Nearly 50 percent of the nation’s children consume at least one cup of sugary drinks a day, which can have a detrimental effect on a child’s concentration, energy and overall nutrition, John Tung Foundation spokeswoman Chen Shu-li (陳淑麗) said yesterday.
It can be difficult to determine if drinks contain sugar because of misleading packaging and parents should be careful about what their children drink, she said.
The foundation’s nutrition director, Sheu Hui-yu (�?�), said: “Children can mistake juice drinks for 100 percent juice due to the packaging or pieces of fruit in the drink, while in fact these drinks sometimes only contain 10 percent fruit juice.”
“Most drinks contain sugar, food coloring and flavoring, making the intake all sugar water. While sugar water is not completely without nutritional value, too much can result in diabetes, the fourth leading cause of death in Taiwan,” foundation chairman Hsieh Mang-hsiung (謝孟雄) said.
“A 600mL bottle of soda contains 15 sugar cubes and would require one to climb 210 stories or roughly the equivalent of climbing Taipei 101 twice to burn off the energy,” Sheu said.
Statistics provided at the press conference said that one out of three schoolboys was overweight, while one out of every four girls was overweight.
Sheu said that one should separate drinks into three categories: drinks for daily use, occasional drinks and drinks to avoid. She said milk, unsweetened soybean milk, water and fresh squeezed fruit or vegetable juices are the healthiest.
A Taipei veterinarian is urging pet owners to avoid using insecticides around their homes, as their ingredients can be toxic to pets. Commercial-grade insecticides contain pyrethroids — organic compounds similar to natural pyrethrins, pesticides produced by flowers such as chrysanthemums — in quantities that are harmless to humans, but potentially fatal to cats and dogs, Asian Veterinary Specialist Referral Center veterinarian Chua Man-ling (蔡曼琳) said. Even in small quantities, pyrethroids are hazardous to cats, as they lack the metabolic enzymes needed to process them, Chua said. Cockroach sprays and ant traps are especially dangerous to pets as they contain boric acid, she
DREAMING OF TRAVEL: About 7,000 people applied for the experience, with about 60 chosen for the first flight yesterday, which includes boarding an airplane Starved of the travel experience during COVID-19? Taipei International Airport (Songshan airport) has the solution — a fake itinerary where you check in, go through passport control and security, and even board the aircraft. You just never leave. The airport yesterday began offering travelers the chance to do just that, with about 60 people eager to get going, albeit to nowhere. About 7,000 people applied to take part, with the winners chosen by random. More fake flight experiences are to take place in the coming weeks. “I really want to leave the country, but because of the pandemic, lots of flights cannot fly,”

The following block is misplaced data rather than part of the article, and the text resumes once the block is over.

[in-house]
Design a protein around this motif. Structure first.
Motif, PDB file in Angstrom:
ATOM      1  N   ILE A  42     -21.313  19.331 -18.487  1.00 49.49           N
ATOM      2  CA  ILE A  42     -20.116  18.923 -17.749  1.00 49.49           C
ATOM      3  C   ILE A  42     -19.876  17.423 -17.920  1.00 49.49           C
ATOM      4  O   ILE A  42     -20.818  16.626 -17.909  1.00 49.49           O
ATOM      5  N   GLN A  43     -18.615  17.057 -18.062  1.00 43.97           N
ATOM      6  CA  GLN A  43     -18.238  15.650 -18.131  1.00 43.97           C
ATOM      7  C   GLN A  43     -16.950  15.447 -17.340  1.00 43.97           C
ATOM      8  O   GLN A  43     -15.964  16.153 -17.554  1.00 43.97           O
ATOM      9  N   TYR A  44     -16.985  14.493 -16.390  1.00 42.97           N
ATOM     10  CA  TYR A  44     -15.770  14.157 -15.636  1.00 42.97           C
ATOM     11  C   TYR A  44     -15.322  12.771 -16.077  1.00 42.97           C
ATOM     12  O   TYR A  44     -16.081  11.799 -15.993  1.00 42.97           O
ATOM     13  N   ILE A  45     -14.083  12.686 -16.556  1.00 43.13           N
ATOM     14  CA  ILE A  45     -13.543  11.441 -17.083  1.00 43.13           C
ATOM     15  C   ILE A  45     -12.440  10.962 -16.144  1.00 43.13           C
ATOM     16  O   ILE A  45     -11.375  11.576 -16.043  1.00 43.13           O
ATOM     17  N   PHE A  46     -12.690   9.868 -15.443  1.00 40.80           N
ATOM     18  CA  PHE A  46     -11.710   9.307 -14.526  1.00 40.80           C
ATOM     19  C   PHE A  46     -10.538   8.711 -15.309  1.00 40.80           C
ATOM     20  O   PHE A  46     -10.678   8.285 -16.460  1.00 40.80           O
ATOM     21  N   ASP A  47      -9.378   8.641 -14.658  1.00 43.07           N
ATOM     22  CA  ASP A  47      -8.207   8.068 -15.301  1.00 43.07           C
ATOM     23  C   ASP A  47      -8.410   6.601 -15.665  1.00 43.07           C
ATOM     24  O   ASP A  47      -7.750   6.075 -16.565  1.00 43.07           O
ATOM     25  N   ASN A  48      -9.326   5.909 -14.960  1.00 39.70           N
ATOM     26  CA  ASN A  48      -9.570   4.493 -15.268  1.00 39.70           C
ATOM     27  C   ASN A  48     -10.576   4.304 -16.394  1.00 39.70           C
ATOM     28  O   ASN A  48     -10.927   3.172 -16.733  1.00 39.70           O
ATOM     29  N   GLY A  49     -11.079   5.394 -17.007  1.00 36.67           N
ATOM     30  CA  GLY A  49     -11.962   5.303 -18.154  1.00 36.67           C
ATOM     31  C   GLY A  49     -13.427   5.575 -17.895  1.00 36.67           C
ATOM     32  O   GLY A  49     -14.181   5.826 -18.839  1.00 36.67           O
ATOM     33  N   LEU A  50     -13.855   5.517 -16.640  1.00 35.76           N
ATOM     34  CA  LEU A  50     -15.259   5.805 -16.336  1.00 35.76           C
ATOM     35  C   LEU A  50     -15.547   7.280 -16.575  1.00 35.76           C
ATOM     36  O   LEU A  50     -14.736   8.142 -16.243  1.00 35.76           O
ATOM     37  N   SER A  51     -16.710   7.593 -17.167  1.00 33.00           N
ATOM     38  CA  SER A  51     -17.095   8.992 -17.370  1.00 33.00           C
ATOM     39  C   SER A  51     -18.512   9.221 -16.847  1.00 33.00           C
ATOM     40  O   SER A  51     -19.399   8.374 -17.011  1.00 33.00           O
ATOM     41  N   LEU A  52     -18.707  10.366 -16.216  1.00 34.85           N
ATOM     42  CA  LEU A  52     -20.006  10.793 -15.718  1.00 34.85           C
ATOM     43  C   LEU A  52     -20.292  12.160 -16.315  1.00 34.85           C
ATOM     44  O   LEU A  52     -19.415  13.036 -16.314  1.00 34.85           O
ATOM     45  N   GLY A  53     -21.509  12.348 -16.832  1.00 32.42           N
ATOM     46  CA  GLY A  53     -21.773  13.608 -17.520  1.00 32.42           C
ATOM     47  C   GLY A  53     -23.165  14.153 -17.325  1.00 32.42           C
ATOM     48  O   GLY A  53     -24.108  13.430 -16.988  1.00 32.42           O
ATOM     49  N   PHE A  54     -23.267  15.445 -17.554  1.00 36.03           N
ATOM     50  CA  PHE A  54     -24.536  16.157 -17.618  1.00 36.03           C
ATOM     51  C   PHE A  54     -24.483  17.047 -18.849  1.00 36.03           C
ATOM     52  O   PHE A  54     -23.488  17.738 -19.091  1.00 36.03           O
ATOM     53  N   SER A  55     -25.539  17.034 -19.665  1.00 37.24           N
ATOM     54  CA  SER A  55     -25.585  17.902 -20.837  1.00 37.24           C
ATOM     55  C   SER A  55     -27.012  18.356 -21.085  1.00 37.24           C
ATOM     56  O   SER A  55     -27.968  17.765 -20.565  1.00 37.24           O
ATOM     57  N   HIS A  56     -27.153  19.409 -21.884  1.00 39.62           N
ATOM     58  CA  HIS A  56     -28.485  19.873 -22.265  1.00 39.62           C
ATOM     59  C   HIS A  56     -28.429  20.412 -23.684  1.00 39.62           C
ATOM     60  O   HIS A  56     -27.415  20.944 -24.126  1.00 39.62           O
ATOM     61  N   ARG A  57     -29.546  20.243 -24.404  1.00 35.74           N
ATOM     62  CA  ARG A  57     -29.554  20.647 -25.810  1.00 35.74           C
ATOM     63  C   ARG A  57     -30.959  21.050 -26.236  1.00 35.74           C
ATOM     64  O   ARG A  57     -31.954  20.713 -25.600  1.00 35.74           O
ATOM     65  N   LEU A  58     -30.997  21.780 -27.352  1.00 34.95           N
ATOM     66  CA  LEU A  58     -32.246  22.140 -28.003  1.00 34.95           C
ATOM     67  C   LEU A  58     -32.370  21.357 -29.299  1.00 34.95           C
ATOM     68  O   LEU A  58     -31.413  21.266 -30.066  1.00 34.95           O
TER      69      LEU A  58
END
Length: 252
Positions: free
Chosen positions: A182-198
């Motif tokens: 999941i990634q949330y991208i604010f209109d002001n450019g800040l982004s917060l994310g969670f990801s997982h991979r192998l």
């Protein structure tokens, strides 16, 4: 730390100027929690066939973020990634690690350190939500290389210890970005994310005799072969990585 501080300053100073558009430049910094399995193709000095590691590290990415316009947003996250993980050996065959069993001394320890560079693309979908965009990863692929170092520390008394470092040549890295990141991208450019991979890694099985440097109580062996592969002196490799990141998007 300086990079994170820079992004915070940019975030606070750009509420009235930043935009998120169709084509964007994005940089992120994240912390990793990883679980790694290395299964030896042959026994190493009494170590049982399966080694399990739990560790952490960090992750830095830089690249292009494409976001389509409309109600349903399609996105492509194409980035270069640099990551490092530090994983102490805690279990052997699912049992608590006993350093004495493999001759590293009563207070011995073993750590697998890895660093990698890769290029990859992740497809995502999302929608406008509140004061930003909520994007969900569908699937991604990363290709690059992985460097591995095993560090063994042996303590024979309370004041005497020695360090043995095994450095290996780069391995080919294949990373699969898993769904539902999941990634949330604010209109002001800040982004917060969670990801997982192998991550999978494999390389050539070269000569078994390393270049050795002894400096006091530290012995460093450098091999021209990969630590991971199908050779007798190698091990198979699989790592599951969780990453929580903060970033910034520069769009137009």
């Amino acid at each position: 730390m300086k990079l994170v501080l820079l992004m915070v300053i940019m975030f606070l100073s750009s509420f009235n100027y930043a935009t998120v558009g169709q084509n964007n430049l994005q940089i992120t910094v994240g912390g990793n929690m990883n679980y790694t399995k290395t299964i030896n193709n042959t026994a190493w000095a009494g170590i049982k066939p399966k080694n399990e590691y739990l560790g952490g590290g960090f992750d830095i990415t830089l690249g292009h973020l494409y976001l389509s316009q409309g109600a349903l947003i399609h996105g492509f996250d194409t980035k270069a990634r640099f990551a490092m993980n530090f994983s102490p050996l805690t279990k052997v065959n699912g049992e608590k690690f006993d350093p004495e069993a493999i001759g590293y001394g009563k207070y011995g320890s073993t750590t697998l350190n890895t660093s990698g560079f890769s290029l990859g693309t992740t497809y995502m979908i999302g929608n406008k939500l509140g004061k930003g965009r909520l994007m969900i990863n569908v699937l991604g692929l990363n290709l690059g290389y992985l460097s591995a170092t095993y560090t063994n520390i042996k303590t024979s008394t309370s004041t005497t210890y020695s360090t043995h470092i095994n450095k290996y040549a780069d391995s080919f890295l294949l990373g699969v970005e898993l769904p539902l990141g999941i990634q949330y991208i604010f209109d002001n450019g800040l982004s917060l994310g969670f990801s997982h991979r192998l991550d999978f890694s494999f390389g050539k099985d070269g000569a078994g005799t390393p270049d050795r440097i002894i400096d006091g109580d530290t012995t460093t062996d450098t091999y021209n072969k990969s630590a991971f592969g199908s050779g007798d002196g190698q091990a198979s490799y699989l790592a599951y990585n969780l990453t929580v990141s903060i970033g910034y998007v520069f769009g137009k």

DOING ENOUGH? The HPA budgets NT$1.3 billion to prevent the health hazards of tobacco, but has no separate budget to fight teen drinking, a doctor said The government should step up alcohol education and prevention efforts, and allocate more of the budget to it, doctors said on Friday, citing the high consumption of alcohol among Taiwanese adolescents. One out of four 12-to-17-year-olds has consumed alcohol, said Yen Tsung-hai (顏宗海), director of Linkou Chang Gung Memorial Hospital’s Department of Clinical Toxicology. The Health Promotion Administration (HPA) budgets NT$1.3 billion (US$43.9 million) annually to prevent the health hazards of tobacco, but it has not allocated a separate budget for preventing teenage drinking or excessive alcohol use, Yen said. “There is no so-called ‘safe drinking level’ for minors,” because any amount consumed
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